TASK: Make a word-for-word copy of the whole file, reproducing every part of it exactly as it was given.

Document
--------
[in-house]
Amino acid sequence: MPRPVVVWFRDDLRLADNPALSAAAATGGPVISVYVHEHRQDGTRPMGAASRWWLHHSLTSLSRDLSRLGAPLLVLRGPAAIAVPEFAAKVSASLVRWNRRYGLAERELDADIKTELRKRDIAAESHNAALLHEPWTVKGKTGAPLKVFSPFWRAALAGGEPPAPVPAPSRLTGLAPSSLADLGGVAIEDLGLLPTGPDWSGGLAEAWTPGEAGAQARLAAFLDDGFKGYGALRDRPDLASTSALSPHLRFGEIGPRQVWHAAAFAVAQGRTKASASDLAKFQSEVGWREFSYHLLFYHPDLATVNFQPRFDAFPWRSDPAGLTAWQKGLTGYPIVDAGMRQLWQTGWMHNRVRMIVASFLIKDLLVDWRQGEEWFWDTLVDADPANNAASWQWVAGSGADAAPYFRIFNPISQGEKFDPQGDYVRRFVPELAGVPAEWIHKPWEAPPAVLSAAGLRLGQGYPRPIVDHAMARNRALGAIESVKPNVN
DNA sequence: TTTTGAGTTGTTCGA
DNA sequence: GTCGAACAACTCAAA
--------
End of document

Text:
[in-house]
Amino acid sequence: MPRPVVVWFRDDLRLADNPALSAAAATGGPVISVYVHEHRQDGTRPMGAASRWWLHHSLTSLSRDLSRLGAPLLVLRGPAAIAVPEFAAKVSASLVRWNRRYGLAERELDADIKTELRKRDIAAESHNAALLHEPWTVKGKTGAPLKVFSPFWRAALAGGEPPAPVPAPSRLTGLAPSSLADLGGVAIEDLGLLPTGPDWSGGLAEAWTPGEAGAQARLAAFLDDGFKGYGALRDRPDLASTSALSPHLRFGEIGPRQVWHAAAFAVAQGRTKASASDLAKFQSEVGWREFSYHLLFYHPDLATVNFQPRFDAFPWRSDPAGLTAWQKGLTGYPIVDAGMRQLWQTGWMHNRVRMIVASFLIKDLLVDWRQGEEWFWDTLVDADPANNAASWQWVAGSGADAAPYFRIFNPISQGEKFDPQGDYVRRFVPELAGVPAEWIHKPWEAPPAVLSAAGLRLGQGYPRPIVDHAMARNRALGAIESVKPNVN
DNA sequence: TTTTGAGTTGTTCGA
DNA sequence: GTCGAACAACTCAAA